I’m going to be really interested to see how Mike Russell reacts to this on Friday, especially after his recent tirades about brand-driven film making. I see a lot of things the way he does in that regard, but this development (and the resulting excitement from people everywhere) I think also shows that there’s nothing wrong with brand-driven entertainment when it’s done well.


Fish October 31, 2012 at 10:16 am

Someone needs to reboot the Star Wars: X-Wing series!!!!!!!!! Would love to see those games with modern graphics!


Jokes October 31, 2012 at 11:44 am

In the reboot C-3PO will be CGI. Entirely. So they can have him lose more limbs make snarky comments about his body being in a state of disrepair (and why it’s R2′s fault).

R2 will still be a man in a trash can.


MeeboGuest137439 October 31, 2012 at 1:40 pm

What if Disney and Google joined?


GeekEyeCon October 31, 2012 at 3:26 pm

I’m genuinely curious about how this will affect Star Wars Detours.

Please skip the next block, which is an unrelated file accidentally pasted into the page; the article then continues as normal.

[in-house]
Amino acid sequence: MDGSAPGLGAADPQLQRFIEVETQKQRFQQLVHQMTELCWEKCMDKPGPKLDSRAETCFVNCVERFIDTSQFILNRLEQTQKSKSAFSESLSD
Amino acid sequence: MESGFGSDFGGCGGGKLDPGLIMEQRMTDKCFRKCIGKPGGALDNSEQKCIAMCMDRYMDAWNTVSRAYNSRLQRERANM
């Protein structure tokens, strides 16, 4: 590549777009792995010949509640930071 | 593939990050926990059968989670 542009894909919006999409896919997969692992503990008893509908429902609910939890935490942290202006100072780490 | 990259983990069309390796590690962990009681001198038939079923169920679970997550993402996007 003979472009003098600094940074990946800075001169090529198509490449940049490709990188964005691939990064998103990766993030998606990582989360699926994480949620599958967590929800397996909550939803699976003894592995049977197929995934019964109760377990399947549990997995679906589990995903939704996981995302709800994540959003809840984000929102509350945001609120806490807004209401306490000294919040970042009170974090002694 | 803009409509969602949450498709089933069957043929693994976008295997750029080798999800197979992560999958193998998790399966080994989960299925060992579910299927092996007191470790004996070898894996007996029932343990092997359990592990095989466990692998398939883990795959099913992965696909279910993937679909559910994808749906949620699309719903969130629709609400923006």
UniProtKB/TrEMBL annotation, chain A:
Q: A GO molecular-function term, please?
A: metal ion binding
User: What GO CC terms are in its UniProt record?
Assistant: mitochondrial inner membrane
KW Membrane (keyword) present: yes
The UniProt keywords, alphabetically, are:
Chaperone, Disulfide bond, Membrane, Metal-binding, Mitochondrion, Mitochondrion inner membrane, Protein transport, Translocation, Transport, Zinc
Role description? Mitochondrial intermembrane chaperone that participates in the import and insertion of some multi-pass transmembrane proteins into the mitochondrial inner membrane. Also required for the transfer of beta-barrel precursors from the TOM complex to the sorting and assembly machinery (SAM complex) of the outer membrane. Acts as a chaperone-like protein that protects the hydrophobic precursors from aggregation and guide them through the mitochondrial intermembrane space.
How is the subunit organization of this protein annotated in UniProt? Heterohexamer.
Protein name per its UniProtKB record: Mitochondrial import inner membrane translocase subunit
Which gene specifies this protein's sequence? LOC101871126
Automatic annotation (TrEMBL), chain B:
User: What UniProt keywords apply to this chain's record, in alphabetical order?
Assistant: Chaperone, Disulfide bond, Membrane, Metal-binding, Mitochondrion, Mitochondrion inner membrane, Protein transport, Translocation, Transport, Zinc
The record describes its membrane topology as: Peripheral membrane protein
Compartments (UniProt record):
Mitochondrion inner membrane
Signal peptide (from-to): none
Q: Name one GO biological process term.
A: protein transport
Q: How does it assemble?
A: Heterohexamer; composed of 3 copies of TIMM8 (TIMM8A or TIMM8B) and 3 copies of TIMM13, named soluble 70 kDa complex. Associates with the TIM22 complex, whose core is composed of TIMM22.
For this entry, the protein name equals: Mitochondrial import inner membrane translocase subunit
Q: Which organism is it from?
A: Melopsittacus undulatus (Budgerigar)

I think it’s good news, overall. It has the potential for terrible things, but I think it’ll work out well.


Get win! November 1, 2012 at 5:21 am

YOU GUYS, you forgot the best possible possibility this leads to.



Bet you wish you thought of that first.


Bobby November 1, 2012 at 8:00 am

1) Probably won’t happen
2) What’s a kingdom heart.


Get win! November 5, 2012 at 7:00 am

Kingdom Hearts is that video game franchise where Disney and Final Fantasy teamed up, so Donald Duck is a mage, and you visit Disney worlds, complete with art styles true to the movies. Then you fight Cloud and Sephiroth in the Hercules world.

So the suggestion was supposed to be silly.

Doesn’t really work when I can’t get the reference across…


Bobby November 1, 2012 at 8:04 am

AintItCool is floating an interesting theory. Well, aside from the paragraphs of fan conjecture that accompany it, but the basics seem pretty tantalizing:

Disney announced awhile back plans for a huge, summer tentpole, merchandising heavy, world-building sci-fi adventure with more than a lot of potential for sequels, spinoffs, toys, the works. This was to be directed by Brad Bird, written by Damon Lindelof, and the tentative title was “1952.” Not much more was heard about it, and it’s projected date was 2015.

The theory is, essentially, “1952″ = “Blue Harvest,” Blue Harvest, of course, being the code-name for “Revenge of the Jedi”